The Current Account: End of Year Round-Up

2023-12-18 |  Chirag Soree

As the year comes to an end, in keeping with tradition, it's time to reflect on the predictions we made this time last year and to look at the key themes that will shape our industry in 2024 and beyond.

We hope you find the insights engaging and wish you a joyful and safe holiday season from everyone here at PEN.

A brief look back at 2023…

We did well on the predictions last year, which is great….but that puts the pressure on for this year! All our predictions hit the mark and we have provided a summary of this below:  

  • Macro-economic environment: We did not expect a deep recession or high unemployment, which is the case. The UK has not gone into recession and the unemployment rate is estimated to be 0.5 percentage points higher than last year.
  • Market factors: Interest rates have remained higher than the historically low figures we have been used to. 
  • Housing Market: We expected a shaving on the value of people’s house prices, but not a significant level. Britain’s biggest mortgage lender forecasts a 5% drop over this year, which is clearly a decline but not significant. 
  • Customer movements: Whilst switching volumes have increased, customers have continued to collectively display a high degree of inertia.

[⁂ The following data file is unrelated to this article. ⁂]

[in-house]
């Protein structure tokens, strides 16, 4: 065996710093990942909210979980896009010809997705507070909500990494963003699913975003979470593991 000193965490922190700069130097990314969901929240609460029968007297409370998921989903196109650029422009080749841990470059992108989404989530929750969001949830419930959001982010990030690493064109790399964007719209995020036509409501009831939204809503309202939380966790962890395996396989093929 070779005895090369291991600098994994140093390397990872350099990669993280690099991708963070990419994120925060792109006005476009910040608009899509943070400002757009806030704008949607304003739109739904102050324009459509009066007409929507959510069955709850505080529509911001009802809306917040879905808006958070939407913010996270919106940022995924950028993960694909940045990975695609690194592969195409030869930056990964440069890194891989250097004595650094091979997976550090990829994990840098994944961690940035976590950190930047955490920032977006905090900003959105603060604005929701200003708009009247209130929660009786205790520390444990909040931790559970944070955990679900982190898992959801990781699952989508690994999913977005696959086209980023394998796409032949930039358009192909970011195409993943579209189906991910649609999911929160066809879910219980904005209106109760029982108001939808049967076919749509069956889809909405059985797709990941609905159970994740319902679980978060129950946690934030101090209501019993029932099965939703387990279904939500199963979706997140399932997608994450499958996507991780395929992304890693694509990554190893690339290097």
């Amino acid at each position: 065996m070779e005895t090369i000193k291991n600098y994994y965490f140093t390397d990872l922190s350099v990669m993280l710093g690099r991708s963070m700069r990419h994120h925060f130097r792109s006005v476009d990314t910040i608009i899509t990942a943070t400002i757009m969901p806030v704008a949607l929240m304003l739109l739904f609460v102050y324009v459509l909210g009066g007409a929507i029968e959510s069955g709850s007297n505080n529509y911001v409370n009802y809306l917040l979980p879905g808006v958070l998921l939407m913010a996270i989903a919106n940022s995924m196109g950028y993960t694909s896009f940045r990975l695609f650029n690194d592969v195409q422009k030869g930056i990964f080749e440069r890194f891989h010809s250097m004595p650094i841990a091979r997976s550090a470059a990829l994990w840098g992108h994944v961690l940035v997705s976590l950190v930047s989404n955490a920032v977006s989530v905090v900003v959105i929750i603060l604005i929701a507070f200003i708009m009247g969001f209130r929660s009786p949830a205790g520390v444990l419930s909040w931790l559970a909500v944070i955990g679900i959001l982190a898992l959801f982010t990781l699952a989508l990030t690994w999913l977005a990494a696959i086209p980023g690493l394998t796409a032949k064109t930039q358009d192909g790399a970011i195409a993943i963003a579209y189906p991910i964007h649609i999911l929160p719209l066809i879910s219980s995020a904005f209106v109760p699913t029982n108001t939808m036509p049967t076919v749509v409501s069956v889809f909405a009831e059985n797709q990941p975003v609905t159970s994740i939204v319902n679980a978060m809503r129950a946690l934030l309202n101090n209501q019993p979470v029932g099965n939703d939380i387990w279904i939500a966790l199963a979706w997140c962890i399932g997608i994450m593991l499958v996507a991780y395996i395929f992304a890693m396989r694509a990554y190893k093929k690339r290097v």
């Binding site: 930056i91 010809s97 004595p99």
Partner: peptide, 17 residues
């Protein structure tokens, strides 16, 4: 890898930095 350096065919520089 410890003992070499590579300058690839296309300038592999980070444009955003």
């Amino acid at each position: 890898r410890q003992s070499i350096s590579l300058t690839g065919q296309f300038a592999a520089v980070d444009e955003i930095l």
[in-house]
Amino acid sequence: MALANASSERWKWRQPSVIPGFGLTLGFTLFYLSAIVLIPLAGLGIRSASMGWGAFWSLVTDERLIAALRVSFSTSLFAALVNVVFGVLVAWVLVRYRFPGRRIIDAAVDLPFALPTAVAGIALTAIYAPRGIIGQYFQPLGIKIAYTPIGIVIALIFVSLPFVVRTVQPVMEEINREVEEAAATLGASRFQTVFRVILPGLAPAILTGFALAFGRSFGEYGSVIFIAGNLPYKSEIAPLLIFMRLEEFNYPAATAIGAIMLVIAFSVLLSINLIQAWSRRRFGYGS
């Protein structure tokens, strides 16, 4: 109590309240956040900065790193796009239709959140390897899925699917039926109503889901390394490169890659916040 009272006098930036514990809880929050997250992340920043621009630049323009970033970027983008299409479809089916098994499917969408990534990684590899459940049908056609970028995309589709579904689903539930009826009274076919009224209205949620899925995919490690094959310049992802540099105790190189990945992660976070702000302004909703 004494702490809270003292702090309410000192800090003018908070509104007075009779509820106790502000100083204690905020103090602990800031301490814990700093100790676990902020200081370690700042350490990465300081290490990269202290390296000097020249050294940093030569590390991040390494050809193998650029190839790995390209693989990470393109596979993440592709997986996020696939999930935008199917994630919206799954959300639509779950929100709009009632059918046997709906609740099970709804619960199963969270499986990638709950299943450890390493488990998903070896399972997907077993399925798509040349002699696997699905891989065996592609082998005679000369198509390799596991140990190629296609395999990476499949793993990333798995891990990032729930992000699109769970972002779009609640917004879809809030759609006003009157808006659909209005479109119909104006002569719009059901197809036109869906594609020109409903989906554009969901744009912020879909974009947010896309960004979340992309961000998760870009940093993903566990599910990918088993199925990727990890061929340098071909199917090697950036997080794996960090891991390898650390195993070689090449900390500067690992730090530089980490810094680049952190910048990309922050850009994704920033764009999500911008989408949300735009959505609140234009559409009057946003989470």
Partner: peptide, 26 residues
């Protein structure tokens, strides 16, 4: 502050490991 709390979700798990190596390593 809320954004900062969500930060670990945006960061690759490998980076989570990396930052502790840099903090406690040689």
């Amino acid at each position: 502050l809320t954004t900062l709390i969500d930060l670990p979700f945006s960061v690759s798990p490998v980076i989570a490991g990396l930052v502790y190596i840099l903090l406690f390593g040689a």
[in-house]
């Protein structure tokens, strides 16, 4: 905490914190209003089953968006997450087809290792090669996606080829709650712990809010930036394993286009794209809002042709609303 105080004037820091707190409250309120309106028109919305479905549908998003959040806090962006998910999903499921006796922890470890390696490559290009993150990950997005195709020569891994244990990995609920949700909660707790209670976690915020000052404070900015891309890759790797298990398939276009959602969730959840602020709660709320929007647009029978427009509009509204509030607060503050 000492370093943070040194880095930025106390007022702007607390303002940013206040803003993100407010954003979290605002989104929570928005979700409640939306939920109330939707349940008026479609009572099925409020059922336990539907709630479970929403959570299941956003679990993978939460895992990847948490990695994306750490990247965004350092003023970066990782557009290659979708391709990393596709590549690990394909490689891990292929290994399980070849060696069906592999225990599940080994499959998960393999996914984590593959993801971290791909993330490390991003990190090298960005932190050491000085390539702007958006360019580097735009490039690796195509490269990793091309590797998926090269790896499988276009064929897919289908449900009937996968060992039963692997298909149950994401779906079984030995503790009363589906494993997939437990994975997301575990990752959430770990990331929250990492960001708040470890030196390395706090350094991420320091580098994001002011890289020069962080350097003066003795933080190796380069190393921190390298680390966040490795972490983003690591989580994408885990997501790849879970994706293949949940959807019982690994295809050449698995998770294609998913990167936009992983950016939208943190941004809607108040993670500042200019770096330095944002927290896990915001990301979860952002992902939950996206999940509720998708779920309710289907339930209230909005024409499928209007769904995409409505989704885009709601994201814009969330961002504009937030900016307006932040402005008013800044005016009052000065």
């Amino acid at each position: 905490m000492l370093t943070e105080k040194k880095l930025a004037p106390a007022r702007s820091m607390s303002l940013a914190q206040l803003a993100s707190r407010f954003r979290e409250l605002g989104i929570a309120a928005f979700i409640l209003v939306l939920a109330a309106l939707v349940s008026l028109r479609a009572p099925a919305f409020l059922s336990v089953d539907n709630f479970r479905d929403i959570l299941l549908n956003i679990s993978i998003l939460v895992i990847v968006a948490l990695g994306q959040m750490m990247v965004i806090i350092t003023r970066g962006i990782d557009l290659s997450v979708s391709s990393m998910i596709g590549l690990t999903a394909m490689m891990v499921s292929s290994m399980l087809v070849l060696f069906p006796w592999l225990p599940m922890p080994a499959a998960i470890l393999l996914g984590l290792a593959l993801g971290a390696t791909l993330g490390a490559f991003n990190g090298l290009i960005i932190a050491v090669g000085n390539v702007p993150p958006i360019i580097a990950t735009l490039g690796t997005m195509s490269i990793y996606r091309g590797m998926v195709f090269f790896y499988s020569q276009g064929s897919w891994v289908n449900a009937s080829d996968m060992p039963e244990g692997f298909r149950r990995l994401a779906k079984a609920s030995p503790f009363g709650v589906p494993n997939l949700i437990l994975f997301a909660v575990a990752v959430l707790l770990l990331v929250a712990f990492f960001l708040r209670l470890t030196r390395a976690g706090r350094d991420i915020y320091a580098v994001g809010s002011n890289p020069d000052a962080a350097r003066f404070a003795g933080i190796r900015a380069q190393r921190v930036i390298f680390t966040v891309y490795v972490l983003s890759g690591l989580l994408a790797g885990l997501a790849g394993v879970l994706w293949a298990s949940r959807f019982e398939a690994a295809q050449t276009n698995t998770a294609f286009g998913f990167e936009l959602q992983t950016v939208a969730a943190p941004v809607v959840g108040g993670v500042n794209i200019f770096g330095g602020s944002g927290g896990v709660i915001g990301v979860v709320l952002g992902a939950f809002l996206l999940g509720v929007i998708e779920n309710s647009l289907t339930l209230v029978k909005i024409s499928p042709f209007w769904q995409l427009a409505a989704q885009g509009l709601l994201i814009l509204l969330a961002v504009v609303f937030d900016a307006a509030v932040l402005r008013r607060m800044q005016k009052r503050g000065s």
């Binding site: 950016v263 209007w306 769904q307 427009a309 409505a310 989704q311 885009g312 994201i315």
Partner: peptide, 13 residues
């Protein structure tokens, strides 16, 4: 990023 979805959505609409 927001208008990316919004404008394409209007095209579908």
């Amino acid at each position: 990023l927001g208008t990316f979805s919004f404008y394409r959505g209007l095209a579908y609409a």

• Big Bang 2.2 Proposals: We said that the reforms the government announced would have little impact on the sector in 2023. Large-scale structural changes often take time to manifest their full effects, and immediate impacts might be limited.
  • Innovation spend and outsourcing: We saw innovation spend reduce to target cost saving, which included outsourcing non-core activities. 
  • Digital-first: Consumers continued to demand digitisation of services, and banks have definitely done the same with many of the big players significantly reducing their branch footprint.
  • AI & Robotics: There has certainly been increased investment in robotics and AI, and trend that will no doubt continue.
  • Regulating consumer tech: The move towards becoming a cashless society has continued as the volume of contactless payments has grown, along with talks of the Digital Pound. The FCA continued to monitor operational resilience in payments, retail services, and infrastructure, with ongoing concerns around Big Tech and AI, however, no significant new regulation has come in yet.
  • Green products: The market for "green" products has grown, driven by more environmentally considerate behaviours. 
  • Consumer fairness: Consumer fairness has continued to drive change across financial services, with Consumer Duty being the main driver behind this. Through our conversations and work with clients all have found it a struggle to improve consumer fairness alongside delivering other change projects, regulatory change requirements, and ongoing additional Consumer Duty guidance being shared by the FCA.

What are our predictions for 2024?

Here are our top predictions for 2024, and we will revisit them a year from now to see how we fared…

Macro-economic environment